Operation Rembrandt

'Rembrandt' was a British decoy operation within 'Vigorous' (ii) involving the sailing from Port Said of the MW.11C diversionary group (11/13 June 1942).

Comprising the 6,800-ton Dutch Aagtekirk, 6,100-ton British Bhutan, 8,063-ton British City of Calcutta and 5,560-ton British Rembrandt, light cruiser Coventry and escort destroyers Airedale, Aldenham, Beaufort, Croome, Dulverton, Eridge, Exmoor, Hurworth and Tetcott of the 5th Destroyer Flotilla, the MW.11C convoy was to sail as far to the west as Tobruk before turning back to meet the main convoy.

The convoy departed Port Said during the afternoon of 11 June, the four merchantmen each towing one motor torpedo boat, and headed to the west along the coast of North Africa. 'Rembrandt' had been designed to give the impression of being the whole reinforcement bound for Malta, in the hope that this would draw out the Italian fleet prematurely, exposing it to submarine attack and wasting its precious fuel.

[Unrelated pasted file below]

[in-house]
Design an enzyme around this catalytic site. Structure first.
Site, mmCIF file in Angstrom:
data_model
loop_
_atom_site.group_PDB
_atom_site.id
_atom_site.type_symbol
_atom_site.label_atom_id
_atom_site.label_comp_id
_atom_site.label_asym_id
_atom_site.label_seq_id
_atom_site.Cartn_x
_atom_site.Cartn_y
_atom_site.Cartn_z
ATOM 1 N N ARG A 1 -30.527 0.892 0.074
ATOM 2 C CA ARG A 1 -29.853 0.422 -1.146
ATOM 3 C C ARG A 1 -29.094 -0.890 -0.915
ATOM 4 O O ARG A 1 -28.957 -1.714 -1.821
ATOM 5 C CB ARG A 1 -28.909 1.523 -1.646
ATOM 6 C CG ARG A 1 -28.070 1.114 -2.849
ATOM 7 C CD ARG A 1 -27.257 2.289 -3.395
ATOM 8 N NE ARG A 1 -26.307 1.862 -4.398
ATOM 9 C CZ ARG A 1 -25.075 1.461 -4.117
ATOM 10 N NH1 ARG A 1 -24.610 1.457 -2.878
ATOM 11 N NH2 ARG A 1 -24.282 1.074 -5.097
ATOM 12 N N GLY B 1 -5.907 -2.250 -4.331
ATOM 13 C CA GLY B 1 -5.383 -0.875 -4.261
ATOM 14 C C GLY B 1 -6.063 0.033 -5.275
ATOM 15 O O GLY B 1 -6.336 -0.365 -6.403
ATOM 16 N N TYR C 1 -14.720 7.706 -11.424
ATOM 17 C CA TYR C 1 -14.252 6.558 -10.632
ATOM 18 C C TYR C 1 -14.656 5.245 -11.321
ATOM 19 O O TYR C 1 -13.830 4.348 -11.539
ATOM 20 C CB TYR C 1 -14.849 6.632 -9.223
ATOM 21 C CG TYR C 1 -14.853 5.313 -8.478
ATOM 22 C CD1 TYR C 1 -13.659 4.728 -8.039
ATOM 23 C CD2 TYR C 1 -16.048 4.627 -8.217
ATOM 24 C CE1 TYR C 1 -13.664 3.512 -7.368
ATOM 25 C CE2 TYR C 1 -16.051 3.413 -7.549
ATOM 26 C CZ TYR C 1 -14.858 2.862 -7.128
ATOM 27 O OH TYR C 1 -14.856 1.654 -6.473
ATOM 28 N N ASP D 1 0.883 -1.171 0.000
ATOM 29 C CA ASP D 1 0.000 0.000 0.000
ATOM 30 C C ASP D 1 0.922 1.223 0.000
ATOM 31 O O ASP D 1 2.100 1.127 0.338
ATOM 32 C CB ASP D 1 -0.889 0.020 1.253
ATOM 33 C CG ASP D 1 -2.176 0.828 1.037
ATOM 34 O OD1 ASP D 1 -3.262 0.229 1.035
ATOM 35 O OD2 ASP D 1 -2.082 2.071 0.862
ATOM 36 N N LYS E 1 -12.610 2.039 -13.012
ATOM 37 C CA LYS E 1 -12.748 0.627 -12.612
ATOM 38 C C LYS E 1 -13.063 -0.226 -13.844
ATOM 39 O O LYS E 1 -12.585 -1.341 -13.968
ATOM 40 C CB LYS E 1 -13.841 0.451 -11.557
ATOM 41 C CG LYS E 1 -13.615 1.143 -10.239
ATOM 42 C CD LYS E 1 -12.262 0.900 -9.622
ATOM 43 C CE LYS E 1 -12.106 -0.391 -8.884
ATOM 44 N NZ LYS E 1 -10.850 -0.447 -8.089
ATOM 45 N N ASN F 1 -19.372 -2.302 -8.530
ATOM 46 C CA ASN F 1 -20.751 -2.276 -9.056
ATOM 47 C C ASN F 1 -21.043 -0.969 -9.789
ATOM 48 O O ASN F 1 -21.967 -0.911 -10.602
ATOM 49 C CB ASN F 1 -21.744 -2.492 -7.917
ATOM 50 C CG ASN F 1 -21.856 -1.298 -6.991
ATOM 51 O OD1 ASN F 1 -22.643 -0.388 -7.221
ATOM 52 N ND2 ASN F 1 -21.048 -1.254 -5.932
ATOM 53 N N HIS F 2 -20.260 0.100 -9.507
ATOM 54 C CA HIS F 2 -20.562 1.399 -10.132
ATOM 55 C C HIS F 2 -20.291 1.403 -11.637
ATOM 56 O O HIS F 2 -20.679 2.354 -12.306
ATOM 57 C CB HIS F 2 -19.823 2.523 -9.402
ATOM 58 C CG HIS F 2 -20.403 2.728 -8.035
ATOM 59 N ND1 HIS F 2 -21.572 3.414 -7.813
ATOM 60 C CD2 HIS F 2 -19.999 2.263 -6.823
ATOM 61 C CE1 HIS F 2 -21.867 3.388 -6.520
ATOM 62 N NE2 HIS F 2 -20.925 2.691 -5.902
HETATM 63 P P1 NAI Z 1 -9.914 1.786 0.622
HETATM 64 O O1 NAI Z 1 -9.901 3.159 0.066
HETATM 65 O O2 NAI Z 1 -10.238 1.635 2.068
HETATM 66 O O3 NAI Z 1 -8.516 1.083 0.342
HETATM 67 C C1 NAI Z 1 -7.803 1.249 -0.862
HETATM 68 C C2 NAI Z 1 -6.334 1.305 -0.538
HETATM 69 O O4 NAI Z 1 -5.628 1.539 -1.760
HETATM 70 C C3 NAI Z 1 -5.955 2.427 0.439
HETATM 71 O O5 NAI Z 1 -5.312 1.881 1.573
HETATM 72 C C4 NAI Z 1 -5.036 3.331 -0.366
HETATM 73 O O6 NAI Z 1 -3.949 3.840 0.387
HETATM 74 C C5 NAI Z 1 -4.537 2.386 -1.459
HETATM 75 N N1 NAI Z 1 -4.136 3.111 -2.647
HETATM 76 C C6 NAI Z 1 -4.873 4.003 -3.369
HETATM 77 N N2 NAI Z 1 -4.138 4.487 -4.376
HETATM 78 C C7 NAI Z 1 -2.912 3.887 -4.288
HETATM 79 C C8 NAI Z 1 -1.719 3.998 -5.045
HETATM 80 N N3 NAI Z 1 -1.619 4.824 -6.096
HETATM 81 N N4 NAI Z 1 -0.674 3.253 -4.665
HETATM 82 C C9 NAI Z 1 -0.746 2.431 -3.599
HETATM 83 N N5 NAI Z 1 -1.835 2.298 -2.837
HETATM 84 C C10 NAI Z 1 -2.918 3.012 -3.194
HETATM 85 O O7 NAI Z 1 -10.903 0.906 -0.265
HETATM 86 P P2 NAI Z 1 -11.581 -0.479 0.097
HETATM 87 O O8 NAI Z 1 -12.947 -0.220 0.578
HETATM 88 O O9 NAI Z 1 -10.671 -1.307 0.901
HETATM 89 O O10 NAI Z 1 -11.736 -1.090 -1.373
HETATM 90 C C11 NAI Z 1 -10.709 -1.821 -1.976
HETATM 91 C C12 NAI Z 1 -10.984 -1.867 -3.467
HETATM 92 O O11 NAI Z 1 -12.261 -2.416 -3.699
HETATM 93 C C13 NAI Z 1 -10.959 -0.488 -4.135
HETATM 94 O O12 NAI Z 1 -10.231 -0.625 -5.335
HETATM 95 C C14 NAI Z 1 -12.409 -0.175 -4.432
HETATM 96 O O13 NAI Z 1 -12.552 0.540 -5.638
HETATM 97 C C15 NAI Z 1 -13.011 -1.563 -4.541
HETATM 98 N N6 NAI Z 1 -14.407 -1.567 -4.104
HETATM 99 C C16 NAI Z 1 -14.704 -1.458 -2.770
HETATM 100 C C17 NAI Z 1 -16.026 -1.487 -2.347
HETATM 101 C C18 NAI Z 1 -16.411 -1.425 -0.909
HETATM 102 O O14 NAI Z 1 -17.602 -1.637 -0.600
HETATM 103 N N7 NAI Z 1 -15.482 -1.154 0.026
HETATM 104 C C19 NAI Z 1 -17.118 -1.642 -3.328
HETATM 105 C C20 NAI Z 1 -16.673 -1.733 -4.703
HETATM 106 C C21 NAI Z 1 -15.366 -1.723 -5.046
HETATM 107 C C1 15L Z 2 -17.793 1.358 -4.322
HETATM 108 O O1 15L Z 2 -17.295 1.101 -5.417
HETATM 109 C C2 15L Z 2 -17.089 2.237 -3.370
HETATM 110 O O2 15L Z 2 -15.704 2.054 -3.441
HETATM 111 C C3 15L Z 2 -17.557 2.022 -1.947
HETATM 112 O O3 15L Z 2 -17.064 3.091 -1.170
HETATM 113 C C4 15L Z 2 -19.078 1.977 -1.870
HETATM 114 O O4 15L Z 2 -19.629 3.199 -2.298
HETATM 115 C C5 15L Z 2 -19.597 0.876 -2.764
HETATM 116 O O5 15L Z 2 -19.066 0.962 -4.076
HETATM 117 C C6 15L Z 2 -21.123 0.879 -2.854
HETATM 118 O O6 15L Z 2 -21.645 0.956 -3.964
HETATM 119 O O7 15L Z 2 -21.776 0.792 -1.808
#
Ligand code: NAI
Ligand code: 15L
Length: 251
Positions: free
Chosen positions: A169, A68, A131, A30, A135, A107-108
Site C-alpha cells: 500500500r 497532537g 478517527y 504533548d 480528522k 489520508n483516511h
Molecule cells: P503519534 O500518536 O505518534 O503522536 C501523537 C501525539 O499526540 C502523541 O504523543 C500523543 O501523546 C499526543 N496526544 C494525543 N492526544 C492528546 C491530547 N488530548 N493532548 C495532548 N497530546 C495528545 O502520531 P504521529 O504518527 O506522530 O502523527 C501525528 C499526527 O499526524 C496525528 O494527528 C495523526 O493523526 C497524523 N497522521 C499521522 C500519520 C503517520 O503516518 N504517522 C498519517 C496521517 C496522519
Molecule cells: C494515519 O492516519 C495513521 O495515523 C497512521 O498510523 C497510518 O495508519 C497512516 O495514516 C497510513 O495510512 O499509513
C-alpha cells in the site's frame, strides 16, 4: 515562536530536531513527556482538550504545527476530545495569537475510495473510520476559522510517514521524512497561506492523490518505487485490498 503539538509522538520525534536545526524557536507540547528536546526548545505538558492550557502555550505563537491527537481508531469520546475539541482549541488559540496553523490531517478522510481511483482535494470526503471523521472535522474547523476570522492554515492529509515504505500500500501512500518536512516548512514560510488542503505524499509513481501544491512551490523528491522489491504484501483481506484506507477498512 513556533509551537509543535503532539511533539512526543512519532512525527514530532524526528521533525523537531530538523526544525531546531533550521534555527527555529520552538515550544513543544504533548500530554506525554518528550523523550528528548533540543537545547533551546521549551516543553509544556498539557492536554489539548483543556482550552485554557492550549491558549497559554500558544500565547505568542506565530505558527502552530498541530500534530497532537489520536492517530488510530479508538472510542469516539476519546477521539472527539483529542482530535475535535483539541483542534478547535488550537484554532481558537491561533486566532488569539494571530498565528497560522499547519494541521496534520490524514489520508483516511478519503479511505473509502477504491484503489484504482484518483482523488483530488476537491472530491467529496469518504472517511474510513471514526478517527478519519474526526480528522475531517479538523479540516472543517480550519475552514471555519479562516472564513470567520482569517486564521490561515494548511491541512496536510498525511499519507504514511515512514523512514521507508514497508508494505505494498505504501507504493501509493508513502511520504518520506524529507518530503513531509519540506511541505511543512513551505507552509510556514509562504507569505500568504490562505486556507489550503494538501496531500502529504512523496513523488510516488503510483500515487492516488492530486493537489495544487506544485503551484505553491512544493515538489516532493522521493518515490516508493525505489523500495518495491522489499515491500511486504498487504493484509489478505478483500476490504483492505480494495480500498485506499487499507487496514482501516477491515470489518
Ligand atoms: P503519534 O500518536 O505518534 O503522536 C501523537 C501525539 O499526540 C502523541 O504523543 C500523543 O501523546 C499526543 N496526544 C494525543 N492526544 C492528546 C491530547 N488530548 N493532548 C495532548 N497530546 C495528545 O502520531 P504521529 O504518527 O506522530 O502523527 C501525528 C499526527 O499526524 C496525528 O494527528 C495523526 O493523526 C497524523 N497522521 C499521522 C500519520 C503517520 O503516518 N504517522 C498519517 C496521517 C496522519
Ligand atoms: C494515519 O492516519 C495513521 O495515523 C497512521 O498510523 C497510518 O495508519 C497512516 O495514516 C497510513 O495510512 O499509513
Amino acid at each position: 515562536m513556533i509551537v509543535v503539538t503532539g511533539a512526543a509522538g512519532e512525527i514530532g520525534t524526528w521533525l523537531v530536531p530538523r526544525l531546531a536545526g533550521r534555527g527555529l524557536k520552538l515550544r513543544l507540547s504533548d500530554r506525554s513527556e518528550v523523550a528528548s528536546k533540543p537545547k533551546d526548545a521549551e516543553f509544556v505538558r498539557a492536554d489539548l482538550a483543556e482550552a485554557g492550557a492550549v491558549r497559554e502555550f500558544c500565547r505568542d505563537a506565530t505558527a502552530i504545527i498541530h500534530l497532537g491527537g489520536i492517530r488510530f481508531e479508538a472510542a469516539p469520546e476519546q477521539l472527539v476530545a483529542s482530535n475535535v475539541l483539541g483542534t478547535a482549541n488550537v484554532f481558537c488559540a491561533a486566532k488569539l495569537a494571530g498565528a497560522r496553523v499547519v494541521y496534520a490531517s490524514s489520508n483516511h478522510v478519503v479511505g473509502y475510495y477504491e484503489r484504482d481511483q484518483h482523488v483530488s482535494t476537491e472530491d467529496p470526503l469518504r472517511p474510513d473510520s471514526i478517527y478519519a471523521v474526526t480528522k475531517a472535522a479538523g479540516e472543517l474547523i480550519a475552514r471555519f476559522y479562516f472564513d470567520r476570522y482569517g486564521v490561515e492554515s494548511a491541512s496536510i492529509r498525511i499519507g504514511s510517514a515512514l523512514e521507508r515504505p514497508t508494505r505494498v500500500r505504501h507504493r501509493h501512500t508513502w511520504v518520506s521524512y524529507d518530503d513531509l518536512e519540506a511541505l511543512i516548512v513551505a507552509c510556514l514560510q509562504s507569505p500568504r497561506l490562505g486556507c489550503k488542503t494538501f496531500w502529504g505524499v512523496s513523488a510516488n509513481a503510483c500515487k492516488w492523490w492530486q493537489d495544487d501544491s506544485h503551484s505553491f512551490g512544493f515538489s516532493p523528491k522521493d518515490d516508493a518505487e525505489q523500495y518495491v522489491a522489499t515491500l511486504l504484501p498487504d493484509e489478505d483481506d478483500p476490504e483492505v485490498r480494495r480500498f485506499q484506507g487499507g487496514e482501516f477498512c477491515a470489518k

Instead of the Italian fleet, however, the MW.11C convoy was attacked during the evening of 12 June by 15 Junkers Ju 88 bombers of Hauptmann Georg Graf von Platen’s I/Kampfgeschwader 54 from an airfield on Crete. The bombing achieved a near-miss on City of Calcutta, the concussion damaging the ship’s engines and causing the freighter to come to a stop with a list as water entered no. 5 hold. Soon after this, however, the vessel was under way again, though she signalled that her speed was down to 11 kt.

At 23.00 on the same evening further damage reports persuaded Captain R. J. R. Dendy of Coventry to detach City of Calcutta to Tobruk, so she left towing her motor torpedo boat, escorted by Exmoor and Croome. Under cover of the short summer night, the MW.11C convoy then reversed course to make the rendezvous with the remaining two-thirds of the convoy.